The court reasoned that household modifier did not then apply to companions. The plain meaning of companion implied a certain personal relationship that the Division intended to exempt from the overtime requirements. A domestic employee, on other hand, could be a companion or casual babysitter, but could also be an individual who has no relationship with an individual or a family and his hired to perform a discrete act, such as house cleaning.
Even after its plain meaning analysis, the court conceded that the meaning of the statute was ambiguous, so it moved on to other methods of analysis.
Harmony with enabling statute. The court noted that the employee’s interpretation of the companionship exemption would violate the enabling statute. According to the employee, the statute requires third-party employers to pay companions overtime wages, but “households or family members” who employ companions to perform similar duties are exempt from overtime requirements. The court noted that this interpretation treats employers in the same industry unequally, thus rendering the term “companion” void by operation of the enabling statute.
Surplusage. According to the court, it disfavors “constructions that render [regulatory] language superfluous.” Both parties’ proposed interpretations resulted in superfluous language, but the court was ultimately persuaded by the employer because surplusage canon favored the employer’s interpretation.
According to the court, limiting the household modifier to domestic employees allows the term “companions” to refer specifically to those employees to work for employers other than households or family members. Under the employee’s interpretation, the term “companions” would be meaningless since a companion is a type of domestic employees.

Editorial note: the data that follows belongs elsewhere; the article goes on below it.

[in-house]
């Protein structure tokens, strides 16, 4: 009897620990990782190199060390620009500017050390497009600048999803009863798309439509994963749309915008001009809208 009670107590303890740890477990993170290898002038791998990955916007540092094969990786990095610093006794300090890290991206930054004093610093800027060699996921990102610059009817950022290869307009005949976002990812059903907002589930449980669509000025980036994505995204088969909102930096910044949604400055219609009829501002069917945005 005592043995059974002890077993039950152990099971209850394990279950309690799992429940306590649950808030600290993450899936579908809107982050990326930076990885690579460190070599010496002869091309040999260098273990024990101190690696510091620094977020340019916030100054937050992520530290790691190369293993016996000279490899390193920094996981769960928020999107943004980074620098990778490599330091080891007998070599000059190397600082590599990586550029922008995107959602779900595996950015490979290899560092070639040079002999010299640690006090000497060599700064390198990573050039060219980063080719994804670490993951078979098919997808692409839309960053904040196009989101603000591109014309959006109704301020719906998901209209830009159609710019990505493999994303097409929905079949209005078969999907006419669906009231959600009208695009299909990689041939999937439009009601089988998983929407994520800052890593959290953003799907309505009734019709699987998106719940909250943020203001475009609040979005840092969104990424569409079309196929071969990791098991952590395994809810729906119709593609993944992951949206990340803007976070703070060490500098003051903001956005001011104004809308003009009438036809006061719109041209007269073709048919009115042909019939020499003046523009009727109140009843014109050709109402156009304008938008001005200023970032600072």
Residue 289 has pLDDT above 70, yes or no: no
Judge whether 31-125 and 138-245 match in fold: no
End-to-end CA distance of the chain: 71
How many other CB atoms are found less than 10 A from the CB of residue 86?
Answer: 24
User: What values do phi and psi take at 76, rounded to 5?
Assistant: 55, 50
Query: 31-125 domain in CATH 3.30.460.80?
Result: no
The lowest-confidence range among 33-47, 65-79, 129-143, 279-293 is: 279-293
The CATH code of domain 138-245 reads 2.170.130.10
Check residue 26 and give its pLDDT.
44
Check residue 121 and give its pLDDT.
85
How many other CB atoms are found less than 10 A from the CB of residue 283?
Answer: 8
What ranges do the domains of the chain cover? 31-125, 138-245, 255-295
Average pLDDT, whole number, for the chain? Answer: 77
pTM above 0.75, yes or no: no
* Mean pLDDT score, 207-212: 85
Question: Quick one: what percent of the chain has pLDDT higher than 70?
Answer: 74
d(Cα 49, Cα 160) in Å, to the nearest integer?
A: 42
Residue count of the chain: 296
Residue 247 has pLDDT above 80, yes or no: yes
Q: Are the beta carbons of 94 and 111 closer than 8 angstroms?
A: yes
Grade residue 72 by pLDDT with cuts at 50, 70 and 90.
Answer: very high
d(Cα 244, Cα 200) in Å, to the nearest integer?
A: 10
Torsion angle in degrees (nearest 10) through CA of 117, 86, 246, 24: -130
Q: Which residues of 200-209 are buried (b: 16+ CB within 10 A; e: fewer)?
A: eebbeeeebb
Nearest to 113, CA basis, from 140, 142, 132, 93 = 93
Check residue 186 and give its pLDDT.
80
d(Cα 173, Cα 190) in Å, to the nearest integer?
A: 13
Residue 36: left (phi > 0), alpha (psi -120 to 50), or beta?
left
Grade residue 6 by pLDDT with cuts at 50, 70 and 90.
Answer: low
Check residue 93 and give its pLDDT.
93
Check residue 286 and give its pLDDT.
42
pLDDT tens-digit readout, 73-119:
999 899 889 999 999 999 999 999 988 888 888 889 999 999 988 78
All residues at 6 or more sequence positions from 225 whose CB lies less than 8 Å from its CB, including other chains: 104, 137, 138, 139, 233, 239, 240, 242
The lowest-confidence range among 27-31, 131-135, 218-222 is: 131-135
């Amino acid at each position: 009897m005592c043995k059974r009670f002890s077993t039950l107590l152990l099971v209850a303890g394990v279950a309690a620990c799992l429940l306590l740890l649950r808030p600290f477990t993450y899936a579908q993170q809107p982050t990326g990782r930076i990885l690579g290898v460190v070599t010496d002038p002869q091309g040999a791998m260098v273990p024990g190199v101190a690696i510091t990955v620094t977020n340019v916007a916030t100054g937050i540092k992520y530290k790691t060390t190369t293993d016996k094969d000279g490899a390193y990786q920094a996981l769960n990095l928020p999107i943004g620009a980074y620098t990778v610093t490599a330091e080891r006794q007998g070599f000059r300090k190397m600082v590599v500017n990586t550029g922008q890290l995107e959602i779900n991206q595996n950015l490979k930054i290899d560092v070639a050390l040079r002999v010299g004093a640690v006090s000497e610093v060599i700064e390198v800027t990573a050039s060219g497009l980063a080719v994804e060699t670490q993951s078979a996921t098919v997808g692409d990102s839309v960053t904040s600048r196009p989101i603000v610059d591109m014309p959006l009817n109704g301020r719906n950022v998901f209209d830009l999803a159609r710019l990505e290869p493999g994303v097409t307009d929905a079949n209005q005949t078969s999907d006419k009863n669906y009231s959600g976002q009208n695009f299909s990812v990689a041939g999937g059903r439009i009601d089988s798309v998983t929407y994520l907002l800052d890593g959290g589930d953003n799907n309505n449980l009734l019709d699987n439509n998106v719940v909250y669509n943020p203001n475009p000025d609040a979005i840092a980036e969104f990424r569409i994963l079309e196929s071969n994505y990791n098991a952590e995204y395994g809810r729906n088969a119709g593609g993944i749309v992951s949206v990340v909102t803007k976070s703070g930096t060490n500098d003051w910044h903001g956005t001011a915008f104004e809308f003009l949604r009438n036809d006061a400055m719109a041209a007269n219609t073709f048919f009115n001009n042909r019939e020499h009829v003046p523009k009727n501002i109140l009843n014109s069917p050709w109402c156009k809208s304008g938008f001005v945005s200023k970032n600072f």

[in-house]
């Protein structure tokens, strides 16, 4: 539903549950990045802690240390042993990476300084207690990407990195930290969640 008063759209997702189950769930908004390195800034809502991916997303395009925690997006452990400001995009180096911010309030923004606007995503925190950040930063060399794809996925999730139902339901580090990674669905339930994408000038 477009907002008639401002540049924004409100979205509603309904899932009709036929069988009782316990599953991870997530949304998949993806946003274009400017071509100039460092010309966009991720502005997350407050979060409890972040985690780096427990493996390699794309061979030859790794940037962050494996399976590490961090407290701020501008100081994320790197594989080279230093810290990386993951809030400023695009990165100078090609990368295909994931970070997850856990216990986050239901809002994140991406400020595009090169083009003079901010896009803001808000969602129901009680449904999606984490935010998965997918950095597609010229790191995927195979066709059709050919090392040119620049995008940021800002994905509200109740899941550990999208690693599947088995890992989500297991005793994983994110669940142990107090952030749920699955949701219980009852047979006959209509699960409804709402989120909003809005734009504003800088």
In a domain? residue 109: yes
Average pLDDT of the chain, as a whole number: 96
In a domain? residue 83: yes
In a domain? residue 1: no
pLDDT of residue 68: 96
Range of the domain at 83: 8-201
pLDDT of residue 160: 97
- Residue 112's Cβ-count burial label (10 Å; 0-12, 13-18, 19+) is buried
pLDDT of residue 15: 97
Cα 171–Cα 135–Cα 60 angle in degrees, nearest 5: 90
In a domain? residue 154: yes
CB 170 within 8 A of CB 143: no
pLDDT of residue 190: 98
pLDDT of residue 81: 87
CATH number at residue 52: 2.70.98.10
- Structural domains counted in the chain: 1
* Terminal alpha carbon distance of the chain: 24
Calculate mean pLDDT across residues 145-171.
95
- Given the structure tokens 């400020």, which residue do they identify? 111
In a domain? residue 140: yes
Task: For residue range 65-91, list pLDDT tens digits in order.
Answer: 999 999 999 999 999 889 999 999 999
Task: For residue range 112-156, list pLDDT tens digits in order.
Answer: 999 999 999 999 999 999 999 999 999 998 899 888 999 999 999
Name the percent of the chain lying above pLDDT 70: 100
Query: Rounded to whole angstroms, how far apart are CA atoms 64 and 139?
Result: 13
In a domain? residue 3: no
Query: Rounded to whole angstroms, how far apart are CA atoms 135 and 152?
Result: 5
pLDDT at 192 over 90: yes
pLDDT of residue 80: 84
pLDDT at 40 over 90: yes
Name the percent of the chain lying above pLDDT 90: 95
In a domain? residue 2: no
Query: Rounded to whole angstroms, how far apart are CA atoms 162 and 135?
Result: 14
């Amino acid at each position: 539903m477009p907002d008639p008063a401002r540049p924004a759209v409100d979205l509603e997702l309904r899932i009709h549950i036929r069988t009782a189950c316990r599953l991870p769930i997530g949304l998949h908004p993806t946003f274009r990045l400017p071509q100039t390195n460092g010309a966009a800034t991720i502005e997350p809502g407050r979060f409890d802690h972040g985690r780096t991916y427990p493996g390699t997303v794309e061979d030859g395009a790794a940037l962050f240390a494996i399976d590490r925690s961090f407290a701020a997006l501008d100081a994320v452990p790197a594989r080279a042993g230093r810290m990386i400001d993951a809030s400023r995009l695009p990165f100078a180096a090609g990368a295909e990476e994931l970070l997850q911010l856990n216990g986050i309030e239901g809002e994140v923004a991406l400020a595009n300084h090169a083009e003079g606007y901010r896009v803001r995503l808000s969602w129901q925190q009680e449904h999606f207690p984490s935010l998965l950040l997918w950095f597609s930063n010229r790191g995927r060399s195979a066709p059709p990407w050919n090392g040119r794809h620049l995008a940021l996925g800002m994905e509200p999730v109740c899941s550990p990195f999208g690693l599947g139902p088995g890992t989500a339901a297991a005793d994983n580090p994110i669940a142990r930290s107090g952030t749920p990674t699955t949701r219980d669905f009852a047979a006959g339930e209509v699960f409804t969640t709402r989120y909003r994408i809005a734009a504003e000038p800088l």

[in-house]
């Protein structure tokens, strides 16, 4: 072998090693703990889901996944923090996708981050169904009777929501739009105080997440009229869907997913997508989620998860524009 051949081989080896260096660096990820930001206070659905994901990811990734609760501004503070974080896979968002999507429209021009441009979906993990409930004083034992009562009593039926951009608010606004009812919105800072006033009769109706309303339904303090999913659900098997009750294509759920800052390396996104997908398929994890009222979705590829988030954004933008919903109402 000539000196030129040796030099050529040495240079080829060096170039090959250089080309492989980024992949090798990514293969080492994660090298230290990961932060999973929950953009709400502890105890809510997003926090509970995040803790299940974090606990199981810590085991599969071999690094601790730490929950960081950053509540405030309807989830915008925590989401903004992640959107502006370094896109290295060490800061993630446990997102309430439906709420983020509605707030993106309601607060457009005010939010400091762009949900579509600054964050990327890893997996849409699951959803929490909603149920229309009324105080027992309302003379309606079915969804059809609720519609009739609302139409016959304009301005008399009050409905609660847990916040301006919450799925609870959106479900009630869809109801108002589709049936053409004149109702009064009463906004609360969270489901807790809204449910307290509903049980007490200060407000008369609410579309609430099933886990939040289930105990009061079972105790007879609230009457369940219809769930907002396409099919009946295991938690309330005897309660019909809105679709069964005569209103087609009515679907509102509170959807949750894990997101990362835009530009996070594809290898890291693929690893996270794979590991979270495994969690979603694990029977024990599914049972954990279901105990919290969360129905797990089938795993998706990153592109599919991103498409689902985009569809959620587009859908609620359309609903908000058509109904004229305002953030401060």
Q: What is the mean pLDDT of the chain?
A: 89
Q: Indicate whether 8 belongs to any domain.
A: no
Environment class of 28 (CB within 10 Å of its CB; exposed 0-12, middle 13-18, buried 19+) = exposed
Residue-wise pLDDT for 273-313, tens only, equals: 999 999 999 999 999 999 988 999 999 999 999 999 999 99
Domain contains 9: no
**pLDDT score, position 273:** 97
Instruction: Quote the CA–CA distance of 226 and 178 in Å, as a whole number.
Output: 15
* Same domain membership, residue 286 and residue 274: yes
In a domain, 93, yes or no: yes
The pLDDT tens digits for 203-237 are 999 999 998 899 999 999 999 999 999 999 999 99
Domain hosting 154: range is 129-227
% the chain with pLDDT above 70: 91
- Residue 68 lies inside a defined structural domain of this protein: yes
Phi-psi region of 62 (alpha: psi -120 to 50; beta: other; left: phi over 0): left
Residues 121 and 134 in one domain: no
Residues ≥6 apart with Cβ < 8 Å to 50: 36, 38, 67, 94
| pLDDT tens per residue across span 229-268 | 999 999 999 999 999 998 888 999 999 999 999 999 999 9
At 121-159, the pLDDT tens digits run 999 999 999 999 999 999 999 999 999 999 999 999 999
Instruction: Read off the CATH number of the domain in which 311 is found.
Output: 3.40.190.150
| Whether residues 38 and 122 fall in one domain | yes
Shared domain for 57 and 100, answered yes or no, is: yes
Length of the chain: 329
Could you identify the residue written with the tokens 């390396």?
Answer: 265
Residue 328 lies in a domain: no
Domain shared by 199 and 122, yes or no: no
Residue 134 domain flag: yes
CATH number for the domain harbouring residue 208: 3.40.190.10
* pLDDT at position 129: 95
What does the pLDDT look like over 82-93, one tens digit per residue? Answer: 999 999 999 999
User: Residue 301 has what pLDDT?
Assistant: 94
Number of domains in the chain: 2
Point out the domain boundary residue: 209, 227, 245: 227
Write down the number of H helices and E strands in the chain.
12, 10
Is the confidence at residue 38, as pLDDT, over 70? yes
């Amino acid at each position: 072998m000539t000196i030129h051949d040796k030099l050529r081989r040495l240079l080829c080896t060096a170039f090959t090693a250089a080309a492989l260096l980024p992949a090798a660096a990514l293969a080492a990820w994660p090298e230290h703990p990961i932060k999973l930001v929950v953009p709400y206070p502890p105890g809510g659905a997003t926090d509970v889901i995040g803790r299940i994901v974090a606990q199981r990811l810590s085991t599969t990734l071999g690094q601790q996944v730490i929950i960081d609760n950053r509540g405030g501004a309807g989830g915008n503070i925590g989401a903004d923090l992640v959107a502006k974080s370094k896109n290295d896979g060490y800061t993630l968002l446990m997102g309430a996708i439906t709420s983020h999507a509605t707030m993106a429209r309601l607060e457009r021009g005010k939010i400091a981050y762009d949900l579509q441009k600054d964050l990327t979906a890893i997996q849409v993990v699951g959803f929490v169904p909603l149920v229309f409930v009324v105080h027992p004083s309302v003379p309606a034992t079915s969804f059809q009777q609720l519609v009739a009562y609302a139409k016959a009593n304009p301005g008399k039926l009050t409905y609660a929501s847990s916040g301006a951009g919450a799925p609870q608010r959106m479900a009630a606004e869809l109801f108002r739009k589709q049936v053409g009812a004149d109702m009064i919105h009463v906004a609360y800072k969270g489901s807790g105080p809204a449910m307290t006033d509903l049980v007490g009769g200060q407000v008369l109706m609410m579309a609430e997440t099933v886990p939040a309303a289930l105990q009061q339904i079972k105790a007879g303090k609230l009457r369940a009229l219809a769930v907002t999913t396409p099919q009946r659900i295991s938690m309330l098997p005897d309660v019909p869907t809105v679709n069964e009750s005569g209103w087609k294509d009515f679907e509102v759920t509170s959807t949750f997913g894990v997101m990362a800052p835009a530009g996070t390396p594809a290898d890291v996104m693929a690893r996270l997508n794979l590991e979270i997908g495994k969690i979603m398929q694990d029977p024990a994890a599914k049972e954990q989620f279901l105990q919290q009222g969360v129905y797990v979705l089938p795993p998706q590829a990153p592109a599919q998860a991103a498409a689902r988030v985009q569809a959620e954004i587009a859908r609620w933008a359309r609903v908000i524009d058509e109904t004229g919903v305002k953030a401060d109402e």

Agency interpretation. In addition to canons of statutory interpretation, the court relied on the Colorado Division of Labor’s past interpretation of the statute in determining that the exemption applies to all companions. The Division provided two opinion letters to the employer in which it stated that ‘the treatment and interpretation of the companions exemption in the Wage Order w[ere] intended to mirror the companions definition and associated regulations contained in federal law.’ Furthermore, the Division rejected two administrative claims brought against the employer for unpaid overtime asserting that the exemption only applied to household employees. The court concluded that “since 1998, the Division has consistently interpreted the companionship exemption as applying to companions employed by third-party employers.”
Deference. The employee argued that the law did not require the court to show any deference to the Division’s opinion letters or administrative decision, the employer disagreed. The court declined to reach a decision on the issue of the degree of deference owed, but noted that Colorado law allows the court to treat the Division’s interpretation as persuasive authority.
The court concluded that the Division’s interpretation is persuasive. The court found that the companionship exemption was ambiguous and only reached an interpretation of the exemption through analysis of the “ordinary and peculiar” meanings of the relevant terms and other aids of statutory construction. The Division’s interpretation of the statute has been “longstanding and consistent” the court noted, and gave the court greater confidence its decision that the exemption extended to companion employees who worked for third-party employers.